Thursday, June 28, 2012
I have a tedious tendency to replay events in my head to the tune of, "woulda', coulda', shoulda". Rather than accept the day as it happened and take a moment to reflect on areas where I could improve, I continuously replay events in my head, not as they happened, but as I wish they had happened.
It seems that no event is too insignificant nor too grand to escape this siphon. When positive changes occur, I can't allow myself to enjoy even those. Instead, I turn my accomplishment into an admonishment such as, "Why did I have to wait 49 years to get this?".
I've been fortunate recently to have found the tools that not only have me taking the small steps to make significant change my life, but that force me to see my accomplishments as the important achievements that they are. I am no longer as apprehensive about the absence of noise and distractions in my life - the times when my negative thoughts would devastate me. I am now, however, just beyond the precipice of these self-deprecating lies. I am instead realizing, "This is not who I am" and "I know this is not the truth".
I am learning to evaluate even the most subtle untruths that keep me from enjoying the life in front of me. I turn inward now with perhaps the most important realization that, "Thank God I get it now - because all I have is now". And so as I say amen, after giving gratitude at the end of each day, I understand and embrace the depth of what Ralph Waldo Emerson meant when he said, "Finish each day and be done with it".
Wednesday, June 27, 2012
A big part of my life is about the choices I make: The choice to be honest with myself - or not; the choice to see the glass half full - or half empty; the choice of what goes on my dinner plate - or not on it; even the choice not to be upset when something goes awry - or to make it into a full-blown drama. I've become so conditioned to responding in a set manner that I have failed to see that my attitude toward my environment is solely mine to determine. It seems so obvious, and yet so elusive.
I decided that I could make small changes in the way I viewed life. I started with a daily affirmation. Soon, I was giving thanks for the great day ahead before I was out of bed in the morning; it set the tone for the day. When situations didn't go as hoped, I was better equipped to deal with them. And when situations did go well, they went really well.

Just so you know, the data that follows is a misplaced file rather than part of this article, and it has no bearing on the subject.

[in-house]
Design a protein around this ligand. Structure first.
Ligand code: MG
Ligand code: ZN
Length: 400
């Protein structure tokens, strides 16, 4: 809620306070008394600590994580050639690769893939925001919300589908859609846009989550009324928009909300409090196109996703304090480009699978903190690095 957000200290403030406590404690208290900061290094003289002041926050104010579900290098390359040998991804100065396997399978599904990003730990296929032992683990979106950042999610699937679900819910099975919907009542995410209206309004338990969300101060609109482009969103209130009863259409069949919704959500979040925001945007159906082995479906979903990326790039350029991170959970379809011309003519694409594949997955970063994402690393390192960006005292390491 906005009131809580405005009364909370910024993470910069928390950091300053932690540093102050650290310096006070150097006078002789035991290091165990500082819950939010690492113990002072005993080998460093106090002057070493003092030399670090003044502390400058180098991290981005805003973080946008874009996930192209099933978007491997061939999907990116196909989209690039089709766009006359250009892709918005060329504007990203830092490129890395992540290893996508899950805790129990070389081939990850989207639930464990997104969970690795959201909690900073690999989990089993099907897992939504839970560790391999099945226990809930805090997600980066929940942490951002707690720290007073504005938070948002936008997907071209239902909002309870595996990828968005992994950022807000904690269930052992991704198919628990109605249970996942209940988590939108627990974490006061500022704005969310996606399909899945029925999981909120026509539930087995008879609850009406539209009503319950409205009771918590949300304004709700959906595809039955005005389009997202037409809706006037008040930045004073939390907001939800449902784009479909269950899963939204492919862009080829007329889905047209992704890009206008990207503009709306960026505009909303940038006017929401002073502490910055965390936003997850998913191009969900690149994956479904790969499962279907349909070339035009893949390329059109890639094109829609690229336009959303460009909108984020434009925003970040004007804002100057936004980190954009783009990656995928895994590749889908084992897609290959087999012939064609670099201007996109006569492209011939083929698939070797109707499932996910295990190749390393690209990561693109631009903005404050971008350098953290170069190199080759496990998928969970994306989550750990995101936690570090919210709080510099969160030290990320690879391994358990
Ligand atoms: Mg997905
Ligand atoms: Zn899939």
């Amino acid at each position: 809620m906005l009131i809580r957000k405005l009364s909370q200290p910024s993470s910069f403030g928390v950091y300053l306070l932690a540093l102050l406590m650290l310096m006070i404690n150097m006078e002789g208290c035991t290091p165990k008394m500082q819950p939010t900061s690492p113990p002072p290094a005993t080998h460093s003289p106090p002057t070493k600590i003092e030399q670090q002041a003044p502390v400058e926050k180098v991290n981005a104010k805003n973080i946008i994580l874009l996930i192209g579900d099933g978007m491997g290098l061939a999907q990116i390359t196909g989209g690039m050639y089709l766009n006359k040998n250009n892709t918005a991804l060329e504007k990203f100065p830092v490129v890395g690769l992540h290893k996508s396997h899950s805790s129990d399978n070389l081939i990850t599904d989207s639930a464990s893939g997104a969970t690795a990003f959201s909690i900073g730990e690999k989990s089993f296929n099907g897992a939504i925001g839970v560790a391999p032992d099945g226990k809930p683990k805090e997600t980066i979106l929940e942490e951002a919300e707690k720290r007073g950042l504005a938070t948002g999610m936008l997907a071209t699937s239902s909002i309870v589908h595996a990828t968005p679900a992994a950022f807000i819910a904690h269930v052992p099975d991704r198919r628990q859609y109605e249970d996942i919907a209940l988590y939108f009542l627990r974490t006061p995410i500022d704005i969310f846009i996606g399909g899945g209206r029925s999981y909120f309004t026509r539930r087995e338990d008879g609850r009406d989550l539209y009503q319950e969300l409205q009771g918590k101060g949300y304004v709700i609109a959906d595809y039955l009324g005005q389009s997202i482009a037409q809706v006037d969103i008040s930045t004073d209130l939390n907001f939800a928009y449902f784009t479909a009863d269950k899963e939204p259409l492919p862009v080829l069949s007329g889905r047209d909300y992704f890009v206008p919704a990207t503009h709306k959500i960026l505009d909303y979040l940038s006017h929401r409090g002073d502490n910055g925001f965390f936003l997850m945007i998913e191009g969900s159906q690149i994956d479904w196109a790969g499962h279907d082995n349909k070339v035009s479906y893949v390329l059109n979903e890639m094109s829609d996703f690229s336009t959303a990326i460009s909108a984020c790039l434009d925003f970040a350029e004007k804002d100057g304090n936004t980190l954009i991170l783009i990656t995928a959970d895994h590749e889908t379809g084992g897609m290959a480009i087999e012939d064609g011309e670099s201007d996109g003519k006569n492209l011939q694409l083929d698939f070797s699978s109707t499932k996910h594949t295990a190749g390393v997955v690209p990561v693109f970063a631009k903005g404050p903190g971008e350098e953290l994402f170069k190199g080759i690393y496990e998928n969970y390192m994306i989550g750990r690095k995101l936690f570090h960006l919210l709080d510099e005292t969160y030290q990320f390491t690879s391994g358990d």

I find myself with a new enthusiasm about the volunteer work I do as well. For a period, I had fallen into a rut, wondering if it was time to take a break. As my attitude changed, though, I began to find more joy in it again, and I added an extra volunteer day to my schedule. Now, instead of holding my breath in quiet dread as the door first opens in the morning, I smile and quietly say to myself, "Let the games begin!".
Friday, June 22, 2012
I view mistakes as opportunities to learn, because mistakes are life's expenses, and I don't like to run a deficit. Much of my life, I was a repeat offender, choosing bad relationships, maintaining self-destructive habits and generally doing the opposite of what I believed in order to please other people. I wasted a lot of valuable years not being genuine to myself.
Part of not being authentic resulted in time and energy wasted on planning - reciting what I would say and do in events that often never occurred. Because it didn't come from my core, I felt I had to rehearse. The over planning of the future resulted in my inability to appreciate the present.
Life is, by definition, unpredictable, but that is not to say that planning isn't necessary. If SparkPeople has taught me nothing else, planning can be an essential tool when used appropriately. It is a matter of finding balance. The balance comes from trusting myself, and trusting myself comes by way of achieving small, attainable goals that have meaning.
It's easier to digest life now in nibbles rather than the inedible chunks that I used to try to consume. I think of it as life's portion control. It allows me to take note of what's in front of me at this very moment and engage in the present, because life doesn't happen in the past nor in the future. Life is happening right now, and this is not a dress rehearsal!
Friday, June 22, 2012